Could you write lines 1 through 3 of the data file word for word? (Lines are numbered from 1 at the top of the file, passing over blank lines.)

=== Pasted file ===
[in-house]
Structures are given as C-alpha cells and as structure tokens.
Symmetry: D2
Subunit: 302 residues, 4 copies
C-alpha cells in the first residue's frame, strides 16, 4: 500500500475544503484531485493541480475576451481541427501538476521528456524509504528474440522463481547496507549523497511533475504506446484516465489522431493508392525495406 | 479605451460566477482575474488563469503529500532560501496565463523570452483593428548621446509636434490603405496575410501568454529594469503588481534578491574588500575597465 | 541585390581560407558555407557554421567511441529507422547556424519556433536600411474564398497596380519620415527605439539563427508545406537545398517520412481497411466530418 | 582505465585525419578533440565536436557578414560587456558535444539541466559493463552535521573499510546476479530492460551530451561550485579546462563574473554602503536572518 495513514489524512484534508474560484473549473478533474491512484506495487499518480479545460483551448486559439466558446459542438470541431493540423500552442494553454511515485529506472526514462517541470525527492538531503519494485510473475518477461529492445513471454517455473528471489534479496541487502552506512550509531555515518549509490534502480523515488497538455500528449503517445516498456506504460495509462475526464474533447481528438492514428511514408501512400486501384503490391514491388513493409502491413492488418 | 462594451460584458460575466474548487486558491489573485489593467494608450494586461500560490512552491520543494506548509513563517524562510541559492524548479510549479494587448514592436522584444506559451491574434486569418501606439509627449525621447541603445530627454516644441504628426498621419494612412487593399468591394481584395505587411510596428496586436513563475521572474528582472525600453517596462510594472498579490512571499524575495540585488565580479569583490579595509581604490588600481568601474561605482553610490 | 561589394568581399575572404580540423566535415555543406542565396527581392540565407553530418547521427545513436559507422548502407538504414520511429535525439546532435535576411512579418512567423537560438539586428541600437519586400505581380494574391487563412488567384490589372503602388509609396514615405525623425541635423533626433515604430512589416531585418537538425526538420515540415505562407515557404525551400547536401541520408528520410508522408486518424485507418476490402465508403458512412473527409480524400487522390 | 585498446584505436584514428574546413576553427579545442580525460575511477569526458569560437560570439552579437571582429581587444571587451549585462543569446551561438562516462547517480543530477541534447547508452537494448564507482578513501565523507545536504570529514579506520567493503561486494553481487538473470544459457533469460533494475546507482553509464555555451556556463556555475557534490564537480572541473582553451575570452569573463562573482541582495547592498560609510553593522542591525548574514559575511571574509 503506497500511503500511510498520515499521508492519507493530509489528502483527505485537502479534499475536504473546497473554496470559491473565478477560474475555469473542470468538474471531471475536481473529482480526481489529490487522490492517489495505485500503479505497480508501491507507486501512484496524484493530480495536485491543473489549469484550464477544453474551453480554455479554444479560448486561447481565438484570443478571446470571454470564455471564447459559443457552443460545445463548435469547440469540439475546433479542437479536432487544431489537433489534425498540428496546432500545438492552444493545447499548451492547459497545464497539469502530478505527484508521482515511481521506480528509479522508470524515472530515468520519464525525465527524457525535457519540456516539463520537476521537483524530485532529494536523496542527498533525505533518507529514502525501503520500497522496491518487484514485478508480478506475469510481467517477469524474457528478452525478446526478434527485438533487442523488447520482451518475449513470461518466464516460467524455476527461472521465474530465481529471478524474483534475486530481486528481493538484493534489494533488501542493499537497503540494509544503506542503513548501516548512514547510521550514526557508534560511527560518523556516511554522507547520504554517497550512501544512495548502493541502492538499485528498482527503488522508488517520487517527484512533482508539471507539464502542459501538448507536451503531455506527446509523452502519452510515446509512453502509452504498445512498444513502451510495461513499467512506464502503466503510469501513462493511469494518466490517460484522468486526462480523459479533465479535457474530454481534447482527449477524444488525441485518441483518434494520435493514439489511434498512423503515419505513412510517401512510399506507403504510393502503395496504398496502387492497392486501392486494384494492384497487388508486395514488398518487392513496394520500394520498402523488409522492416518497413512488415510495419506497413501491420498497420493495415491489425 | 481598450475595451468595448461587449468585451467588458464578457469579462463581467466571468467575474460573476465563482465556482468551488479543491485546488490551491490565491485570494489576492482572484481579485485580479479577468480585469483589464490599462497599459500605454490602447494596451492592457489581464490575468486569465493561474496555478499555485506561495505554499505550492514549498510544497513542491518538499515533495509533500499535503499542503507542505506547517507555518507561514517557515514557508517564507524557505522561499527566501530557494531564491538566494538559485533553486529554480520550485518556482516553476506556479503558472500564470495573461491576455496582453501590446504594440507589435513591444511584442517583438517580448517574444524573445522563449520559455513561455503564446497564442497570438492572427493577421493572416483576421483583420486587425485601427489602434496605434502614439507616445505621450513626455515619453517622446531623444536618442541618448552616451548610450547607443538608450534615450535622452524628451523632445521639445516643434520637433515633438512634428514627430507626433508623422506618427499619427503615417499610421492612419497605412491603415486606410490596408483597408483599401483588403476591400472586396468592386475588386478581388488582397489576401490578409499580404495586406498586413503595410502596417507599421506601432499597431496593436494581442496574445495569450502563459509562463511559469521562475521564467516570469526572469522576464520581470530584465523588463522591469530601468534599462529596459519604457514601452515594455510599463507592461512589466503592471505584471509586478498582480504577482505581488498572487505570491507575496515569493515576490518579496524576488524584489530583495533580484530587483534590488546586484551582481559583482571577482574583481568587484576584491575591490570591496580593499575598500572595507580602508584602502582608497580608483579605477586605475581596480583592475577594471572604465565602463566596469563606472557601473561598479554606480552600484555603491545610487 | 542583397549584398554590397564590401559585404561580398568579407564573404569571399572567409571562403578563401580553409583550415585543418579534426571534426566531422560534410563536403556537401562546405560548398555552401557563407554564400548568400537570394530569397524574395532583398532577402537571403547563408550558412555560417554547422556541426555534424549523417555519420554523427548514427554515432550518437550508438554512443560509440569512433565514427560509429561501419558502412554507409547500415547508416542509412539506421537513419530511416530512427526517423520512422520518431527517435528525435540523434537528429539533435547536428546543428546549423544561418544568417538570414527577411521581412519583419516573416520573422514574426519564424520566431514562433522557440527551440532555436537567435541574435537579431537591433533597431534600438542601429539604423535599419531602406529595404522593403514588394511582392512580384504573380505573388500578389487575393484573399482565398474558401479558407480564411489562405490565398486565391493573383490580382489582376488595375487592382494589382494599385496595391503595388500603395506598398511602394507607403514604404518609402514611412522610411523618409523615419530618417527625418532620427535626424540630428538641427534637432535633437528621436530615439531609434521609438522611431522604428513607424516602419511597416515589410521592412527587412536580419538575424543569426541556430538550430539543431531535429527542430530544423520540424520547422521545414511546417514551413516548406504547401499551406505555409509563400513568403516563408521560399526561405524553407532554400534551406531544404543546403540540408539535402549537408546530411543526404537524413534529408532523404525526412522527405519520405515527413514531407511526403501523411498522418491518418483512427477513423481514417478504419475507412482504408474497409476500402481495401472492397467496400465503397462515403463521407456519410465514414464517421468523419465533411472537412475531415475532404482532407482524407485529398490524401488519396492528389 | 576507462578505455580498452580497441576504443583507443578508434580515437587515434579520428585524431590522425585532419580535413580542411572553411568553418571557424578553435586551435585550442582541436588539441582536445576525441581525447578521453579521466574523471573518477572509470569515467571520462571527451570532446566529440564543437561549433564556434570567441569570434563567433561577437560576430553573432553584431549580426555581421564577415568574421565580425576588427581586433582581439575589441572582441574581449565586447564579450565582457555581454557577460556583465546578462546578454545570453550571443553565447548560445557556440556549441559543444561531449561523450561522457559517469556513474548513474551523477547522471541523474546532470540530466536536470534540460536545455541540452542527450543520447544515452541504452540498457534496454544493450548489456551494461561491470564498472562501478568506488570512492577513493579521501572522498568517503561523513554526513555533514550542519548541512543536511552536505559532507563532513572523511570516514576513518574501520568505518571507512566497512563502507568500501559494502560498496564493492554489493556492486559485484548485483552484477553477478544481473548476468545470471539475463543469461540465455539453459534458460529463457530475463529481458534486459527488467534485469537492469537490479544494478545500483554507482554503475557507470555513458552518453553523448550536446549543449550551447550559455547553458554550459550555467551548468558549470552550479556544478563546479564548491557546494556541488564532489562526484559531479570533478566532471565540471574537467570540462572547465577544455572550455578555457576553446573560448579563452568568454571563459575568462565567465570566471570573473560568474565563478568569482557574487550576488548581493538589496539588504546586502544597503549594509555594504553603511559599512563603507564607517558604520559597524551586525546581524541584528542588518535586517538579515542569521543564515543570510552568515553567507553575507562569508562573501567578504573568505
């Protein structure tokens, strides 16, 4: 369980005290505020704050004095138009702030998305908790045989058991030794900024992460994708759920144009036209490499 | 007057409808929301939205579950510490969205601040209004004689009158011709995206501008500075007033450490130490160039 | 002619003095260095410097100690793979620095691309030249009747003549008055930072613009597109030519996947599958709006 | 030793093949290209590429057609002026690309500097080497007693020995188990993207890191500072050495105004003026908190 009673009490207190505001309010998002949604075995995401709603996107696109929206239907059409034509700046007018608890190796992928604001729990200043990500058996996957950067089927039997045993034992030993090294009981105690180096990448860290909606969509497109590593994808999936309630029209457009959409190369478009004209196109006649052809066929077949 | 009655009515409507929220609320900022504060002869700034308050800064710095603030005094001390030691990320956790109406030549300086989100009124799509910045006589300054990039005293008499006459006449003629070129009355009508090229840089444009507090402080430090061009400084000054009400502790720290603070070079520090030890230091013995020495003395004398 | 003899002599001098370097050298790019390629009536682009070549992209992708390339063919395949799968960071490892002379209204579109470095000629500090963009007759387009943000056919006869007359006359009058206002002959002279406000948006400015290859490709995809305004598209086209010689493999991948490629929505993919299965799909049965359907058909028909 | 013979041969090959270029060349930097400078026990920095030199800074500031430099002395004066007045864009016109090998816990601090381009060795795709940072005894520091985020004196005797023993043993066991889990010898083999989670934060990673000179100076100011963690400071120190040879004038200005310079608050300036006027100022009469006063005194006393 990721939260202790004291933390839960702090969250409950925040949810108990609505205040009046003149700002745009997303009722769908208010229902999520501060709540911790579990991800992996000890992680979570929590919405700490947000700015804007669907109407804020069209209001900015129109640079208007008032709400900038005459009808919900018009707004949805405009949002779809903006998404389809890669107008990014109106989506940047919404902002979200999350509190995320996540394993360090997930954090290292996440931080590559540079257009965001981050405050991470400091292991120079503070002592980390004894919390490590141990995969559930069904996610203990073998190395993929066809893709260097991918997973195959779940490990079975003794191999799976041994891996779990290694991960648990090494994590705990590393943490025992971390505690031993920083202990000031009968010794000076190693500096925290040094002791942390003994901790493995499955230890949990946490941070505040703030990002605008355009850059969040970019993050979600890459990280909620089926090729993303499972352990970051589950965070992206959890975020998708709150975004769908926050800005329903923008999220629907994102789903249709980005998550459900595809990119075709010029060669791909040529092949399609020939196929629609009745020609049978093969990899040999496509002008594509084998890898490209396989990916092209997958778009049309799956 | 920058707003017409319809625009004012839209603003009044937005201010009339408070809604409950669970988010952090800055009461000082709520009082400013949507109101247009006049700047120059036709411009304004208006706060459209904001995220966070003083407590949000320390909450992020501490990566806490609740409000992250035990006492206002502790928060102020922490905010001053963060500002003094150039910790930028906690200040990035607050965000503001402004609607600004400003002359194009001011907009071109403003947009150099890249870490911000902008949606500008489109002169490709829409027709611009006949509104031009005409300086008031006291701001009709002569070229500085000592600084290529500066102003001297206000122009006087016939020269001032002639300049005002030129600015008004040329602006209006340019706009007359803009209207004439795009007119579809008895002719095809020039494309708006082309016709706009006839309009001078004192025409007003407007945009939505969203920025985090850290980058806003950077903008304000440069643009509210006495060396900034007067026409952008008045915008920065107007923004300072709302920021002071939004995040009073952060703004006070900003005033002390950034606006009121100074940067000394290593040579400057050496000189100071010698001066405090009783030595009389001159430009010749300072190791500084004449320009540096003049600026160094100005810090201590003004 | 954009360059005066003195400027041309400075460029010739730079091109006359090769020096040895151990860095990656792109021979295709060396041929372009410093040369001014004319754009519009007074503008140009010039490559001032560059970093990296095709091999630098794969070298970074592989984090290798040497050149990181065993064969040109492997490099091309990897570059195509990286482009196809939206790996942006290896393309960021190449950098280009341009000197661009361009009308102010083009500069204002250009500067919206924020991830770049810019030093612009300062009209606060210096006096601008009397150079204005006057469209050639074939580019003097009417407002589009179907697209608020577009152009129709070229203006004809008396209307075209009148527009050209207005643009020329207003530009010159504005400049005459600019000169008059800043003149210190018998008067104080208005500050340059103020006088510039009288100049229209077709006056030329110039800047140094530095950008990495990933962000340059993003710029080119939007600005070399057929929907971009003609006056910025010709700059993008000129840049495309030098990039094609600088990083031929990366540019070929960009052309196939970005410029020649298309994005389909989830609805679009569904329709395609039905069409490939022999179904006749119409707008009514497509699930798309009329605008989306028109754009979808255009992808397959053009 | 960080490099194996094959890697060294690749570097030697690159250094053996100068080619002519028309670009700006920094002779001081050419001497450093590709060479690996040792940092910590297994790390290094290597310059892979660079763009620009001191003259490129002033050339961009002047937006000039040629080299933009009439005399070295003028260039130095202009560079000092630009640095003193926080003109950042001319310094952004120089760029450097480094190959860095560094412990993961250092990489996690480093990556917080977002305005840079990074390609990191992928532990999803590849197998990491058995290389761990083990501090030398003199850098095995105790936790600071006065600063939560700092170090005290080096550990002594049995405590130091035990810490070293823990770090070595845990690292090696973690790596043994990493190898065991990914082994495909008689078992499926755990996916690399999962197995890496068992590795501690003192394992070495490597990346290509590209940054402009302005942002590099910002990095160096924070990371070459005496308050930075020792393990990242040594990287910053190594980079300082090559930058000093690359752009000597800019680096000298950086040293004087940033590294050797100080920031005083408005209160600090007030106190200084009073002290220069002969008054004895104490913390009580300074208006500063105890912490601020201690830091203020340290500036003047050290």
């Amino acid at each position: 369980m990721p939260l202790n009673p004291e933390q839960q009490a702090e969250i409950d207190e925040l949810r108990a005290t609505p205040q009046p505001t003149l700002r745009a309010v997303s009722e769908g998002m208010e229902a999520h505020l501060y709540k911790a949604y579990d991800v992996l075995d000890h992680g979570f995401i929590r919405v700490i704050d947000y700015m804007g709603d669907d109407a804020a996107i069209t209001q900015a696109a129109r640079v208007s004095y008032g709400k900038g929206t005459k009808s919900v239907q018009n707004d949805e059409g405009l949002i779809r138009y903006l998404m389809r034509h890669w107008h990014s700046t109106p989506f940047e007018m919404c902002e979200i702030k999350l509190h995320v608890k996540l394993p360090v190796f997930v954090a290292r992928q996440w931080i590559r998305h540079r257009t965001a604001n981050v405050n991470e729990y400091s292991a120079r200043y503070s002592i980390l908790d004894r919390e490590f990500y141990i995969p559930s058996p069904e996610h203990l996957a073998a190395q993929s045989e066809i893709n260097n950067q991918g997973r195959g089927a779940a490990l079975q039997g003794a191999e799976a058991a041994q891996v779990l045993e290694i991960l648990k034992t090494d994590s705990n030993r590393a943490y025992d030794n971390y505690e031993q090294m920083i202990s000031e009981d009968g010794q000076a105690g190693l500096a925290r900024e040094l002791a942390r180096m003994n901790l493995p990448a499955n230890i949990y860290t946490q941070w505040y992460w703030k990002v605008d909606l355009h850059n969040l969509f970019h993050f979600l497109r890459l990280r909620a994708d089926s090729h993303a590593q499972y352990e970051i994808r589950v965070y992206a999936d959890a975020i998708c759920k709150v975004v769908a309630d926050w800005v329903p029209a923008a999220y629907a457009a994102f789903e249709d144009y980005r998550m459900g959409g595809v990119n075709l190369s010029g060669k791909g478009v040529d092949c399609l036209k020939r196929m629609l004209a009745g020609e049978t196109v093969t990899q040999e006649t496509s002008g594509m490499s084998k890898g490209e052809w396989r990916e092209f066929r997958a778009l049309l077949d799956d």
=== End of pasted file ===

[in-house]
Structures are given as C-alpha cells and as structure tokens.
Symmetry: D2